Posted by Teknor Apex on Apr 20, 2018 2:45:44 PM

There are many ways a hose can be used. From industrial purposes to someone's home garden, hoses are an essential water conveyance tool. One commercial use for industrial strength hoses is to keep the grass on golf courses green and healthy. But what exactly does it take to accomplish this feat of landscaping perfection?



  1. Soaker Hoses
    Part of keeping a quality golf course in good condition is paying attention to the aesthetics of the surrounding landscape. For golf green landscaping, soaker hoses no longer than 100 feet are often the best idea.
  2. All Weather Durability
    The hose you use also has to be rugged since it will be used every day to accomplish the freshly landscaped look golf courses seek to portray. Get a heavy duty garden hose that can withstand direct sunlight for many hours at a time.
  3. Irrigation Infrastructure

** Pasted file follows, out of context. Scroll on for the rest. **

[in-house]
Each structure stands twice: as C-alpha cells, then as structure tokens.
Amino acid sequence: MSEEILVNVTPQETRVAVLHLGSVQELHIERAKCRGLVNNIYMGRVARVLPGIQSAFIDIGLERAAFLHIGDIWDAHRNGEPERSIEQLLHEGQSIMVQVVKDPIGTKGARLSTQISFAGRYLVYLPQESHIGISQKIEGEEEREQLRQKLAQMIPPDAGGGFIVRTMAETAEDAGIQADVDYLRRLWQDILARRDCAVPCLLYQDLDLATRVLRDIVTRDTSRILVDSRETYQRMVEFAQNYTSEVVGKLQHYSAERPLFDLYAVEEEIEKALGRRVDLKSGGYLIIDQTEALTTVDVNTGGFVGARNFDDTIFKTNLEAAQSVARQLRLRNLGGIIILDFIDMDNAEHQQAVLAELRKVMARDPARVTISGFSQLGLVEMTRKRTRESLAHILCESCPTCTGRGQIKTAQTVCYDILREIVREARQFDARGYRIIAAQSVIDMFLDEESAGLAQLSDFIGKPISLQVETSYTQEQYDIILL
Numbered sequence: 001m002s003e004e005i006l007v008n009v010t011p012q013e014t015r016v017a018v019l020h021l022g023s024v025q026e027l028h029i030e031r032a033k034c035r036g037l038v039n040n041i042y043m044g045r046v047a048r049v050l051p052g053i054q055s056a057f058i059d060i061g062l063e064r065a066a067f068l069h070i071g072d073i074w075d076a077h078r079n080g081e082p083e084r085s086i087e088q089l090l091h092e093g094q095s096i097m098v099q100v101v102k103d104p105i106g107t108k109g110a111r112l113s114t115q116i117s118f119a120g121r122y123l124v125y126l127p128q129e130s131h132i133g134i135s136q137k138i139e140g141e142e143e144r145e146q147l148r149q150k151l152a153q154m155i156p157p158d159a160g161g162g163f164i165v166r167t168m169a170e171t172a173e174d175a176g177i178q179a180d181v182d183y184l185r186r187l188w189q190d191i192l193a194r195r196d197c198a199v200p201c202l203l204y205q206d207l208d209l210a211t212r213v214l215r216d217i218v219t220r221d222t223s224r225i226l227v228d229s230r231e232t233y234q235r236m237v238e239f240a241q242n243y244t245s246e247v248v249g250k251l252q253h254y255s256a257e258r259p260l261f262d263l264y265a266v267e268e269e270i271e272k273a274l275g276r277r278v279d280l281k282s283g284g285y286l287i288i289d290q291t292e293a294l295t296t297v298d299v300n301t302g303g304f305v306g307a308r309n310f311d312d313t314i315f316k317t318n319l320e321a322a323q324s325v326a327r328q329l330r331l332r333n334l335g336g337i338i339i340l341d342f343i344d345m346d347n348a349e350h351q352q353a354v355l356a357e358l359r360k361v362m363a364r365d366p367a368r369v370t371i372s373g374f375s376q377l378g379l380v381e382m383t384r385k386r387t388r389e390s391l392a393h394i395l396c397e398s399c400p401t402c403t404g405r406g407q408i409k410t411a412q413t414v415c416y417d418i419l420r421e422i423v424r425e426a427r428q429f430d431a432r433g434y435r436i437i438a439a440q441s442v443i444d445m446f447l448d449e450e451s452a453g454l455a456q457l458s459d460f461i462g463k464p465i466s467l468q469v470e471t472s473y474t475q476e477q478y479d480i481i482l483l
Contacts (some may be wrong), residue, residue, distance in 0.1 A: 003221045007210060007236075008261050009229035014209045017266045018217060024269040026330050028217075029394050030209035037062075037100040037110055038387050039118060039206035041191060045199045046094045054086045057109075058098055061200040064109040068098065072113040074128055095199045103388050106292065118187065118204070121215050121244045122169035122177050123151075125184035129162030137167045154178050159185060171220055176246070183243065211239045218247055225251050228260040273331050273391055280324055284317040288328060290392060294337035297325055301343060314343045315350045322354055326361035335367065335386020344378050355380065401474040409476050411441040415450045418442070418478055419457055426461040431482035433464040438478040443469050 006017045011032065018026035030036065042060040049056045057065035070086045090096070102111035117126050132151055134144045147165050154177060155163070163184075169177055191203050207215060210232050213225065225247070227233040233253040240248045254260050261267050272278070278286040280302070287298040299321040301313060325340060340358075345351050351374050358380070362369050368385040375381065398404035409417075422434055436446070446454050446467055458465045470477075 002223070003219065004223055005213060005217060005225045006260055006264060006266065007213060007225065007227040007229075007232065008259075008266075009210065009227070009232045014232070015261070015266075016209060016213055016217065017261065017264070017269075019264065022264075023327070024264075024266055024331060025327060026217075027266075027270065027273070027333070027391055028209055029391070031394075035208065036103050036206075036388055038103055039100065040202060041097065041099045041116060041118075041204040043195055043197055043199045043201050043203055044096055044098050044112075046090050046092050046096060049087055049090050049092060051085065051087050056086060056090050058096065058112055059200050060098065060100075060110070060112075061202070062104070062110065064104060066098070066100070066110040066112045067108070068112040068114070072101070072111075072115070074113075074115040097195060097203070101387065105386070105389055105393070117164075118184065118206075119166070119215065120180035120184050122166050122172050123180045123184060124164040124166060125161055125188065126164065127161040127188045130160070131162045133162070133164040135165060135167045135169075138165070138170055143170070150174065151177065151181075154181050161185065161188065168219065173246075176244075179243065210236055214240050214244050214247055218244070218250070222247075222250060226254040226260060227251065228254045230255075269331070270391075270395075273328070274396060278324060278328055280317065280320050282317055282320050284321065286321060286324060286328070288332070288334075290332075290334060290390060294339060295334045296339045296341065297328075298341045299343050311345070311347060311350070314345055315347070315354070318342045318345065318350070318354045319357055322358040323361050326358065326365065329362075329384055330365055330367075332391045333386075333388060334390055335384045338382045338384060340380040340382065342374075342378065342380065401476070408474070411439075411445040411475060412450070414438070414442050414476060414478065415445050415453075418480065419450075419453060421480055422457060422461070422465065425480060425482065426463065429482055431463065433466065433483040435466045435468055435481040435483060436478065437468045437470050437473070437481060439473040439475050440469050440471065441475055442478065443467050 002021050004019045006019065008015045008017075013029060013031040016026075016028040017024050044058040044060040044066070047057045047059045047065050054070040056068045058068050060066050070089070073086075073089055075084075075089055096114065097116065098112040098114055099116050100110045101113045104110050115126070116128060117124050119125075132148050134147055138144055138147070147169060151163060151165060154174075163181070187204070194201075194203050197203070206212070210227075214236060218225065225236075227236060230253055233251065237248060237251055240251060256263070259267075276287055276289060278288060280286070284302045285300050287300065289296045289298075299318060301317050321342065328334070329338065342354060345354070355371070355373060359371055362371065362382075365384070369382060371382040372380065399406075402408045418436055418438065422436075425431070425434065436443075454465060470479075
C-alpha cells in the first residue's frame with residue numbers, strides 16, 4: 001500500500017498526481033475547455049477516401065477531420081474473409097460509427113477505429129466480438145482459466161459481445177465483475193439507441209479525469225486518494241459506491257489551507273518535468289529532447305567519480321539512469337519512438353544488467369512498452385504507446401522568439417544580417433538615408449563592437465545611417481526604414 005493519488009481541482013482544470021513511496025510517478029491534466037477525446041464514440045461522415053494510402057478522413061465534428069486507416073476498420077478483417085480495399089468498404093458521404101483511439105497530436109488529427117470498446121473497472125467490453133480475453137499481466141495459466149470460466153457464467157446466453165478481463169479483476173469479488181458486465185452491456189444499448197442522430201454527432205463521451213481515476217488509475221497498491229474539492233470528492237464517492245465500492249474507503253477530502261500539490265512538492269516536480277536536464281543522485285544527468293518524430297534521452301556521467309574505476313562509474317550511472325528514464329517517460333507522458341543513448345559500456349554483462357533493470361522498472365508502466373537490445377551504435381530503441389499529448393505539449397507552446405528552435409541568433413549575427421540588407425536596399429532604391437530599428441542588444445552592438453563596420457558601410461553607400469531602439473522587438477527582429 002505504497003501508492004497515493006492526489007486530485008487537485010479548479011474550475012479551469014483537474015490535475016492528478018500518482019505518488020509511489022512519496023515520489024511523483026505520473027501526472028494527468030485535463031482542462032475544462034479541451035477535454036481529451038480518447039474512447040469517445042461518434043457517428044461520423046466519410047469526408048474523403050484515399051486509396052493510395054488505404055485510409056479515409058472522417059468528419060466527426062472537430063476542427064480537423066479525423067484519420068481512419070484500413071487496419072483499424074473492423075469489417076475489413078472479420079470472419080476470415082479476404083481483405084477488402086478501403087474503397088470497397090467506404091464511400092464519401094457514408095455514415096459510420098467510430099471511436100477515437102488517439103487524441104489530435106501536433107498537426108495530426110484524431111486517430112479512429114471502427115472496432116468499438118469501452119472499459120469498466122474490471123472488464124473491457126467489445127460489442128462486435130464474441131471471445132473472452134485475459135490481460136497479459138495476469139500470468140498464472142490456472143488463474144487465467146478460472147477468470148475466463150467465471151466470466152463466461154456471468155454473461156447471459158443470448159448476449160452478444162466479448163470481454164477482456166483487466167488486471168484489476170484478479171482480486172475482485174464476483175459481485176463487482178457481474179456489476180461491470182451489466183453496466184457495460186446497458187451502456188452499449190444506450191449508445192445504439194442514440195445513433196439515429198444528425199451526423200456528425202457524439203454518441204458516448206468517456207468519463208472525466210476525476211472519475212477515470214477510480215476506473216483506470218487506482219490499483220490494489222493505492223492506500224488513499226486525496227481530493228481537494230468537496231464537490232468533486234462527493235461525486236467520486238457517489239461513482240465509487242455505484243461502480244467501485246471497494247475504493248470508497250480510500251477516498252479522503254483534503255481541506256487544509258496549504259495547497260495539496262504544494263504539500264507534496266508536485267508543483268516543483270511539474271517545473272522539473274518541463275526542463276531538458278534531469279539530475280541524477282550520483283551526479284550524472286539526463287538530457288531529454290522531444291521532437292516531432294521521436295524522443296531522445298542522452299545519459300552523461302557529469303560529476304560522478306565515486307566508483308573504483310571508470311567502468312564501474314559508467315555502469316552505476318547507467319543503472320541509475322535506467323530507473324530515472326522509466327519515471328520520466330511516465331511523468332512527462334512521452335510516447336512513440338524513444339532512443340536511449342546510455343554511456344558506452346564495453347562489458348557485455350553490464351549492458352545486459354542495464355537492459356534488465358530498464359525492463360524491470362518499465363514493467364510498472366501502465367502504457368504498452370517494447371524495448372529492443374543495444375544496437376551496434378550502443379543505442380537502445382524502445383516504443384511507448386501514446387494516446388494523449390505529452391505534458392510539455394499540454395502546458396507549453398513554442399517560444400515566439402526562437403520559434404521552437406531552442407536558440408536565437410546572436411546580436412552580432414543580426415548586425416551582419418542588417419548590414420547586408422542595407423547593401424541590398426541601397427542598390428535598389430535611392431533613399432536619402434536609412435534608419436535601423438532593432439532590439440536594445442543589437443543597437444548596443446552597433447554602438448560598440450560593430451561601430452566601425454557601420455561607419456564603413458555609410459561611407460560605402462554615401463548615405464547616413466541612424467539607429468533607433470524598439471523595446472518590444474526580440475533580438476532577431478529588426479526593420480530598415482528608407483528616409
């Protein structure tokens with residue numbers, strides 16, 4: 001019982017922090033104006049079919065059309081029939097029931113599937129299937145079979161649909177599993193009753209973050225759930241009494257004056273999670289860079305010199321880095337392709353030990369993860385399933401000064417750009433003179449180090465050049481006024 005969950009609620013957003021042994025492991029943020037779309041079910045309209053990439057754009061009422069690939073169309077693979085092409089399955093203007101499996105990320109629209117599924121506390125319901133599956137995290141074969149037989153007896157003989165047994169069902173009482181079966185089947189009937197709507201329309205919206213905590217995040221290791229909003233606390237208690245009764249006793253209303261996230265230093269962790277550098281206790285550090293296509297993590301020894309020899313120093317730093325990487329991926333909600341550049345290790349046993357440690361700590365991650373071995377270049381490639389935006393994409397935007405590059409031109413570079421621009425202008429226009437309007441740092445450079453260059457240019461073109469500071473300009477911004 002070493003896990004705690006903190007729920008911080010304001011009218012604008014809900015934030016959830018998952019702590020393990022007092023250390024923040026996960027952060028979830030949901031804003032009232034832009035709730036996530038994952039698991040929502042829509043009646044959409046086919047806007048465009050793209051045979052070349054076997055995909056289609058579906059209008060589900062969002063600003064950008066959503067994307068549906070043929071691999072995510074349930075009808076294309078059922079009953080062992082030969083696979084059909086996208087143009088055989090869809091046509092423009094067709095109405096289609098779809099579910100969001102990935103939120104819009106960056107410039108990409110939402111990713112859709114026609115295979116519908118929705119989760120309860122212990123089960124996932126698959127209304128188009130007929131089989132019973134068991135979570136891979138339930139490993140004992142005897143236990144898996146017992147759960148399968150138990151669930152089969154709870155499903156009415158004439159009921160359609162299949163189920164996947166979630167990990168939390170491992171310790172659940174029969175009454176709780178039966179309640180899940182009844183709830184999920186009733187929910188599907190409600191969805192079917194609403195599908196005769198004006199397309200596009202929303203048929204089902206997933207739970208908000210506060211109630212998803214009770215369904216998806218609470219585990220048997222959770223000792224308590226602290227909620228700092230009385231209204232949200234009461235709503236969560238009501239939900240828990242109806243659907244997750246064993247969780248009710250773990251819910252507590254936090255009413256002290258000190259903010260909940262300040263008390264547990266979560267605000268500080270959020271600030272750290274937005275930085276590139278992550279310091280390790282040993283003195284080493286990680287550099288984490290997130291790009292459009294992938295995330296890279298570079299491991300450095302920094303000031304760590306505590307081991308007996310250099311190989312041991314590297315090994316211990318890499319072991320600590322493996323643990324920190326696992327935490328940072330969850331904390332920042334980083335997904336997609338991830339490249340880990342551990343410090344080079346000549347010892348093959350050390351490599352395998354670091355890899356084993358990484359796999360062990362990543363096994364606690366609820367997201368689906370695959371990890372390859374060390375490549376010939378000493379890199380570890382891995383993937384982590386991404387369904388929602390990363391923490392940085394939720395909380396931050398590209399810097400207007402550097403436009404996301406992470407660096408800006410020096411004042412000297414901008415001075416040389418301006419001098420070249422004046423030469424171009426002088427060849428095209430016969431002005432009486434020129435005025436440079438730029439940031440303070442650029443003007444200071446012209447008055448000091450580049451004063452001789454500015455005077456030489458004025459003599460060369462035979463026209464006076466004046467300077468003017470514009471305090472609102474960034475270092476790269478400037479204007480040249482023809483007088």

To keep the green in pristine condition, you can't rely solely on hoses. This is because of their length restrictions and water movement capabilities. Likewise, you must have supplemental hoses and sprinklers that can reach places you otherwise couldn't due to topographical restrictions.
  4. Planning
    Planning where you put the green of your golf course will involve an understanding of where the sun shines most often. Grass needs light to grow, so plan out your golf course based on how available the sun will be in any given area. You will also need to choose the right type of grass, an optimized mixture of herbicides to kill intrusive plants, and a strategy to tackle unpredictable grass death.
  5. Dedication
    Beyond water and light, you must have a dedicated and well-regimented maintenance schedule to cut the green to the precise height for regulation play. As a sport, golf depends on consistency, so make sure your course is on par with the rest.

Caring for a golf course takes a lot of effort and involves many separate disciplines. You need to have expert input from irrigation specialists, landscaping professionals, and plant biologists. When you get it right, though, it will all be worth it. There's nothing quite like the sight and smell of a freshly cut green.

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